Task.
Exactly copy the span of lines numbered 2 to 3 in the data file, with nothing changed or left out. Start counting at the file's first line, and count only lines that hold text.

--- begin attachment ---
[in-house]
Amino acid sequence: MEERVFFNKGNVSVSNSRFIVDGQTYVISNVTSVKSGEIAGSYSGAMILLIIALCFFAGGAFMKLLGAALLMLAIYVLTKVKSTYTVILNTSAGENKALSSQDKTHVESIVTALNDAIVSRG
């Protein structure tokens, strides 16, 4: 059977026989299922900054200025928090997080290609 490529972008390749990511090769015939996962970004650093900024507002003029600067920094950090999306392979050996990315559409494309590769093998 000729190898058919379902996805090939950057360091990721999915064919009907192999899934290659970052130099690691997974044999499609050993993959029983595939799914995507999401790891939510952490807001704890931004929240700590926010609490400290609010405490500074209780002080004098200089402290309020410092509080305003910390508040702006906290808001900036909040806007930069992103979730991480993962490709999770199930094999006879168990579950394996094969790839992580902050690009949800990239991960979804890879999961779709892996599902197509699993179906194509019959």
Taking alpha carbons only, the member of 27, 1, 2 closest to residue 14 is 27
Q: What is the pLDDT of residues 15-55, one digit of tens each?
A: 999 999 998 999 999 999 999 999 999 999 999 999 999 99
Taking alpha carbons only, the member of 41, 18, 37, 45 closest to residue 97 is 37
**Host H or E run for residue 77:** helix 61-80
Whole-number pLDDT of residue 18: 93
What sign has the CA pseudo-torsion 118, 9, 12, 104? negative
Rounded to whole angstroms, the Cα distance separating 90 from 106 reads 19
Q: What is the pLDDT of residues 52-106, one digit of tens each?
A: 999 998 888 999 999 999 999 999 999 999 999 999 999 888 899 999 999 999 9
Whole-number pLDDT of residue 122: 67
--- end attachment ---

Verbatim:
Amino acid sequence: MEERVFFNKGNVSVSNSRFIVDGQTYVISNVTSVKSGEIAGSYSGAMILLIIALCFFAGGAFMKLLGAALLMLAIYVLTKVKSTYTVILNTSAGENKALSSQDKTHVESIVTALNDAIVSRG
């Protein structure tokens, strides 16, 4: 059977026989299922900054200025928090997080290609 490529972008390749990511090769015939996962970004650093900024507002003029600067920094950090999306392979050996990315559409494309590769093998 000729190898058919379902996805090939950057360091990721999915064919009907192999899934290659970052130099690691997974044999499609050993993959029983595939799914995507999401790891939510952490807001704890931004929240700590926010609490400290609010405490500074209780002080004098200089402290309020410092509080305003910390508040702006906290808001900036909040806007930069992103979730991480993962490709999770199930094999006879168990579950394996094969790839992580902050690009949800990239991960979804890879999961779709892996599902197509699993179906194509019959």